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CNN's marathon town hall Wednesday night, featuring ten of the top 2020 Democratic presidential candidates, "put the climate crisis closer to the center of a presidential election than ever before." (Photo: CNN)

'A Year Ago I Wouldn't Have Believed It': Not Enough, But 2020 Climate Town Hall Hailed as Big Progress

"Gotta say that just seeing the words 'Climate Crisis' in red on screen is a victory for our movements."

Jon Queally, staff writer

Despite steady concerns that much of the news media—especially the corporate media in the United States—continues to downplay the far-reaching threat of the international emergency of rising air and ocean temperatures, climate campaigners and experts praised a town hall-style forum with 2020 Democrats candidates hosted by CNN Wednesday night as a hopeful sign of progress.

"10, 5, even 2 years ago—these were fringe ideas for mainstream Dems. This is what shifting the Overton window looks like. So much love for the movement tonight."
—Collin Rees, Oil Change International

"Gotta say that just seeing the words 'Climate Crisis' in red on screen is a victory for our movements," tweeted Canadian author and activist Naomi Klein as the evening of television kicked off and she praised the movement who pushed so hard for giving the issue the singular focus it deserves. "Finally the starting premise is correct and none of it would be happening without the work of millions."

Throughout the approximately seven-hour forum—with each of 10 candidates given 40 minutes to answer questions about the Green New Deal, fracking, nuclear power, the costs of transition, holding fossil fuel companies to account, how to offer justice to displaced workers and communities, and other key issues—the event had the desired result for many, regardless of the range of answers given, of putting the climate emergency front and center.

"Lots could be critiqued tonight," said Justin Worland, a journalist for TIME magazine, "[but] it still feels remarkable to see 7 hours of largely substantive talk on CNN where science is taken as a given and candidates face good questions about solutions. A year ago I wouldn't have believed it; makes me wonder where we'll be in a year."

At the conclusion, highlighting multiple mentions of the direct connection between the climate emergency and Hurricane Dorian, Klein agreed:

Collin Rees, a campaigner with Oil Change International, expressed a similar sentiment:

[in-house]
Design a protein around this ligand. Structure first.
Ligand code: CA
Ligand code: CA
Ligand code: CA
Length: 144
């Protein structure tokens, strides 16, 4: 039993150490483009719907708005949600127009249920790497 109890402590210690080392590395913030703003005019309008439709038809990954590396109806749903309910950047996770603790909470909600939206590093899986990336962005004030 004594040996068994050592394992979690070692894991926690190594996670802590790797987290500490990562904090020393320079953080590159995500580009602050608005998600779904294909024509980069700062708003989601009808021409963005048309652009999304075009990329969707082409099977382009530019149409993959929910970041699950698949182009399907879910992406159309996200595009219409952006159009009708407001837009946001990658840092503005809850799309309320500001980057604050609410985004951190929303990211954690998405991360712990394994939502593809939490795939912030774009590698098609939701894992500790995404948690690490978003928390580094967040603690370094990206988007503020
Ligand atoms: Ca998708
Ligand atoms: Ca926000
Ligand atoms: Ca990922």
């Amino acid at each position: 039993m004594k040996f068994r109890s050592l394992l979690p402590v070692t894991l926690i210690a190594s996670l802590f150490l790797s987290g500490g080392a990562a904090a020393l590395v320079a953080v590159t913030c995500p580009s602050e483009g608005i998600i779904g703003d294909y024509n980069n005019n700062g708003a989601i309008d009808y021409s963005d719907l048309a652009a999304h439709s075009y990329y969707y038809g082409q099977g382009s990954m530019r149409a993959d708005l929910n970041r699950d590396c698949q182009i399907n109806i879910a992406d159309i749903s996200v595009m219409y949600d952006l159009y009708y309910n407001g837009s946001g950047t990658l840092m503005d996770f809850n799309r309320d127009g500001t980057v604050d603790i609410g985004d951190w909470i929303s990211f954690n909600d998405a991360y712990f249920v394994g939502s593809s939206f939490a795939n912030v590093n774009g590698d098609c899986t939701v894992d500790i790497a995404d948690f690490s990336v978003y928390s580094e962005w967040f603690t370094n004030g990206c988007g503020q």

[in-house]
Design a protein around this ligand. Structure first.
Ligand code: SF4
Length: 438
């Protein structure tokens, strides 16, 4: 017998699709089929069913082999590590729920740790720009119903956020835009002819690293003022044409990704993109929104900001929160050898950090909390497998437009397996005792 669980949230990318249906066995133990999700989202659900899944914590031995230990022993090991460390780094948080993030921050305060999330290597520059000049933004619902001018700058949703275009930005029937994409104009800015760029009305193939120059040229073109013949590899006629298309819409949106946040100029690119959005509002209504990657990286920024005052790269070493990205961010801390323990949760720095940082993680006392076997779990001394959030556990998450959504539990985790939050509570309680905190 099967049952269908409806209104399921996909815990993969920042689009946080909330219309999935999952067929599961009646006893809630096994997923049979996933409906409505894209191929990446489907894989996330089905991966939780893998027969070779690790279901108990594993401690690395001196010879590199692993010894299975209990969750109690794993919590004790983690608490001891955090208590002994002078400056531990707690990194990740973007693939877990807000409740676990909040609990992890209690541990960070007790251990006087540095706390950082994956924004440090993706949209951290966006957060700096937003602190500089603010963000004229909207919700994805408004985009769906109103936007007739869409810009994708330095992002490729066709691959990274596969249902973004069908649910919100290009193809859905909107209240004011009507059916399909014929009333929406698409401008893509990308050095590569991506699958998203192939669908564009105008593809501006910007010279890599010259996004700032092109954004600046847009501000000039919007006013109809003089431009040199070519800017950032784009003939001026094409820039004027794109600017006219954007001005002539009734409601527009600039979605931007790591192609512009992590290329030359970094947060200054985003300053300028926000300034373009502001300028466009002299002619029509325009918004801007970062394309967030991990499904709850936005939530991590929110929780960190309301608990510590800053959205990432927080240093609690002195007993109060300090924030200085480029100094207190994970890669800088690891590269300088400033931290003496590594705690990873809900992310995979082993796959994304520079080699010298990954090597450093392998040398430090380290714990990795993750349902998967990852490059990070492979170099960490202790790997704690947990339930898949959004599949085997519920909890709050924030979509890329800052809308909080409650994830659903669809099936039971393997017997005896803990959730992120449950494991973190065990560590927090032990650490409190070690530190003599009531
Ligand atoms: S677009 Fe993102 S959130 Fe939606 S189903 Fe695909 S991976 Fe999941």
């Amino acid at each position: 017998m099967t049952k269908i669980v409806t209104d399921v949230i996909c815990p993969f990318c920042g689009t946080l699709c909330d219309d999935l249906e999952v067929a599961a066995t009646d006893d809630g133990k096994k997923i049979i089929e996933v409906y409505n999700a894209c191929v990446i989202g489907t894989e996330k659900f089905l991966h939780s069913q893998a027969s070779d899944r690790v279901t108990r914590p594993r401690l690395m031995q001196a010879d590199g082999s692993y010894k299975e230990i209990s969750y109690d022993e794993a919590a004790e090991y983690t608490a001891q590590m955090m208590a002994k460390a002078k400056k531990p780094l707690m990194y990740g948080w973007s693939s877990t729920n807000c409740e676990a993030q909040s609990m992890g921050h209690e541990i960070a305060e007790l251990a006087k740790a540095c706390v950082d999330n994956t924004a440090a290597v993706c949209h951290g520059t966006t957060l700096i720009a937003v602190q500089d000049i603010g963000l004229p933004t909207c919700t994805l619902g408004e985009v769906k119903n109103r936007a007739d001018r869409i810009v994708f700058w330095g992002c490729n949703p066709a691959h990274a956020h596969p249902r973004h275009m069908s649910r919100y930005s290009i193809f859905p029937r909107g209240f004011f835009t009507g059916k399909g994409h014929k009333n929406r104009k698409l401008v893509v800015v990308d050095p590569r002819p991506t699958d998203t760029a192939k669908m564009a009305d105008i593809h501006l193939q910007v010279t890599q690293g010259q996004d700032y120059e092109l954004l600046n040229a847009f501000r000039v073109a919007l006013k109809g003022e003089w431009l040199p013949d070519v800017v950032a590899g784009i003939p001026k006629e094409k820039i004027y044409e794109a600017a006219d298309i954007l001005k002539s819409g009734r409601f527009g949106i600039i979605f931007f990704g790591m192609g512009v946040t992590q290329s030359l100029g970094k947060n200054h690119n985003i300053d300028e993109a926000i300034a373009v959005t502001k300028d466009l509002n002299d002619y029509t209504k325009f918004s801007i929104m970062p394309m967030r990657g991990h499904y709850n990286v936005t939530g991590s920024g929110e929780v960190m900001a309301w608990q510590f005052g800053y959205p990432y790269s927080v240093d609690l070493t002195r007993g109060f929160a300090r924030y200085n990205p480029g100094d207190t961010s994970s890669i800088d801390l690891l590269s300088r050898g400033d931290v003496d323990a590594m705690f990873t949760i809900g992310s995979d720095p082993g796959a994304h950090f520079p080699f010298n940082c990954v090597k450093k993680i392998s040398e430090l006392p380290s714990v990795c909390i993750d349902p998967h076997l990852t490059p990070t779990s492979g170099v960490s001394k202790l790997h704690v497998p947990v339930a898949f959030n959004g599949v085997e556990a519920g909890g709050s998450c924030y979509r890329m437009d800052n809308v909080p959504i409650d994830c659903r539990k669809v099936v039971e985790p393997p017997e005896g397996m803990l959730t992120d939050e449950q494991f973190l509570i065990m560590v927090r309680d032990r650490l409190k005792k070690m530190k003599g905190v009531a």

Despite the progress signaled by CNN's forum—and a pair of similar events to be held by MSNBC later this month—climate crisis experts argue that what took place Wednesday night is the least that should be done when it comes to addressing the issue.

Margaret Klein Salamon, founder and executive director of the Climate Mobilization and author of the forthcoming book "Facing the Climate Emergency," applauded the coverage offered by the town hall but said, "It cannot be a one and done thing."

"Last night was great start," she added, "but we still have a huge ways to go before Americans wake up the scope and extent of the climate emergency and make mobilization for a safe climate their overriding political priority. We can't let the climate emergency discussion get pushed to the backburner. Let's keep it at the forefront of news coverage the same way we would do regarding any truly existential crisis threatening every person on the planet."

"Last night was great start but we still have a huge ways to go before Americans wake up the scope and extent of the climate emergency and make mobilization for a safe climate their overriding political priority."
—Margaret Klein Salamon, Climate Mobilization
The Climate Mobilization has been organizing nationally behind a call for "a WWII-scale response to the climate emergency in the United States," pushing a resolution in the U.S. Congress that currently has 63 co-sponsors in the House and seven in the Senate. Of those in the Senate, six are among the Democratic contenders for the party's presidential nomination.

With the 2020 election in mind, campaigners like Klein Salamon agree that what is really needed is a comprehensive debate between candidates on one stage.

Despite the Democratic National Committee voting down a resolution last month that would have approved exactly that, groups like the Sunrise Movement are calling for the top Democratic candidates to buck the party's decision and hold a climate debate anyway.

"Together, you can make a Climate Debate happen," Sunrise stated in a blog post last week. "Storm the stage. They can't stop you all. What is Perez going to do; hold the remaining debates without you?" And continued:

Millions of Americans—especially young people—will tune in to see you share and contrast your vision for our generation’s transformational issue.

Town halls and forums are useful media tools, but they simple don't draw the same viewership as debates. Since the candidates aren’t on the stage at the same time—like they are in debates—many viewers will only tune in to see their favorite candidates.

That's why we need a climate debate, with all of the candidates on the same state, contrasting plans and addressing each other back and forth.

"The clock is ticking. Our future is on the line," the group stated. "This is an emergency. We need our presidential candidates to act like it, and stand on principle, not hide behind rules and resolutions made in some political backroom."

And as Klein Salamon asked: "What's more important political rules that are not reflected or even embraced by the leading Democratic candidates for president, who want to debate this issue—or protecting the country, humanity and the living world?"

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